After leaving Derby College in 1988 Nic Collins opened his first pottery at Postbridge in the middle of Dartmoor, Devon. It was on the site of a disused gunpowder manufacturing facility and was known as Powdermills Pottery.
He built a 60 cu ft wood fired kiln and produced one-off studio pieces and a range of domestic wares. Nic has now moved to Newton Abbot where he uses a smaller anagama kiln to facilitate multiple firings - some pots are fired up to seven times. He uses local materials for body clay and glazes and is one of the five anagama potters known as the Gnarly Dudes.
The Gnarly Dudes are five independent potters who share an interest in anagama firing.
Svend Bayer, Charles Bound, Nic Collins, Jon Fellows, Chuck Schwartz got together in 1997 to stage an exhibition of their anagama-fired work at Nic's Powdermills Pottery on Dartmoor in Devon. A brief description of anagama firing is necessary: An anagama kiln is wood-fired and based on the medieval Japanese kilns used at Bizen and Shigarki. The kiln is a tunnel, usually built on a bank, rising from the front to the back.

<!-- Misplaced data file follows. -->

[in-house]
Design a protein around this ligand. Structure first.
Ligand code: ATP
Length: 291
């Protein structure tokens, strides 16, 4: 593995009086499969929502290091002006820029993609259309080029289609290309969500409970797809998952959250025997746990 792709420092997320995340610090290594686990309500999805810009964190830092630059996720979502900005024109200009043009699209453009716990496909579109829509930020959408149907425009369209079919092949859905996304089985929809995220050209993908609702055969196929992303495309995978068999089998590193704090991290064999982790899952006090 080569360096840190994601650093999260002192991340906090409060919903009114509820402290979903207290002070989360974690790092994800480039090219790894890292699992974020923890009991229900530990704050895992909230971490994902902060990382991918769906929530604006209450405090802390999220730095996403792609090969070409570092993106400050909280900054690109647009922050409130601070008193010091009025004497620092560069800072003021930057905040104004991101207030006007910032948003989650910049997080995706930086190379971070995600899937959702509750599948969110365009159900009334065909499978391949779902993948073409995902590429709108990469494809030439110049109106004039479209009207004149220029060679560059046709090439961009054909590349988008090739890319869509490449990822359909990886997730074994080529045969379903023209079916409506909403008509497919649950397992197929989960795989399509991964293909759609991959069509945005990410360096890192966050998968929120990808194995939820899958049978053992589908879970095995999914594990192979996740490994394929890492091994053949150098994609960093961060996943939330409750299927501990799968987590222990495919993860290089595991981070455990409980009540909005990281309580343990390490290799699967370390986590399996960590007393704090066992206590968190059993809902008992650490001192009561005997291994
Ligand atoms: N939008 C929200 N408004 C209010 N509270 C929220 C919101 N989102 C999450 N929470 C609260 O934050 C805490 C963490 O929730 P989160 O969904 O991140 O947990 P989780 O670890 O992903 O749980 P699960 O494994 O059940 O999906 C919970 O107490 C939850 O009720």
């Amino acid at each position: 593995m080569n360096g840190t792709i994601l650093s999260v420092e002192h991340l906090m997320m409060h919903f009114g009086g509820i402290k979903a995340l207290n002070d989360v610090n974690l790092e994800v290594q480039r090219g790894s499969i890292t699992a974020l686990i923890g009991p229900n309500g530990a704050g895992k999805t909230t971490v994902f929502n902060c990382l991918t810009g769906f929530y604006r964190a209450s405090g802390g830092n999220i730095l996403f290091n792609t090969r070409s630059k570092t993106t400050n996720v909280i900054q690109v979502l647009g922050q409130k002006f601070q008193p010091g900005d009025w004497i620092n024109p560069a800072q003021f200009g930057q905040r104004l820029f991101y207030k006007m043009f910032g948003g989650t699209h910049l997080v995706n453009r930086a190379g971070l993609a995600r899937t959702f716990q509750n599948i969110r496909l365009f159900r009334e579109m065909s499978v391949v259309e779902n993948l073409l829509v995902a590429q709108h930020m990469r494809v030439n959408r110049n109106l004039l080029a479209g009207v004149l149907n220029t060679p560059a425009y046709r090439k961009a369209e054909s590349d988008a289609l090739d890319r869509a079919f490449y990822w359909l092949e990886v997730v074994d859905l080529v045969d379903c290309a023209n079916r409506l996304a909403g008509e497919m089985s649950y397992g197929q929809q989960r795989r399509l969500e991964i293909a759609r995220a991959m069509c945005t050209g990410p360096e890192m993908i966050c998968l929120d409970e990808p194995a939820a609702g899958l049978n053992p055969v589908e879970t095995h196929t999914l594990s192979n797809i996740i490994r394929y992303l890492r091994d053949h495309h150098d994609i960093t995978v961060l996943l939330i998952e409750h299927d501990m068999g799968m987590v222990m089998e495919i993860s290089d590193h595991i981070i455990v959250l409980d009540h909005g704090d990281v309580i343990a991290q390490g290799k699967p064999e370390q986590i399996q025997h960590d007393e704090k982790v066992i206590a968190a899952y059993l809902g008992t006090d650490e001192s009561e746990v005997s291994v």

The chimney is at the back and the fire is at the front. The heat is drawn over the stacked pots, allowing smoke, ash and embers to freely come into contact with them. The pots themselves are not decorated prior to firing; the smoke, ash and embers interact with the clay to produce the beautiful gradations of colour and finish. Placement of the pots in the kiln is critical, as is the selection of wood and clay.
Recent research by Svend has shown that it is not essential for the chamber of the kiln to slope upwards towards the chimney, so long as the height of the chimney opening forms the correct angle with the fire.
The Gnarly Dudes exhibition is now an established annual event, and since Nic has moved to new premises in nearby Newton Abbot the show is now organised at Powdermill by Joss Hibbs who pots there. The gallery is a stone barn, originally used for making gunpowder.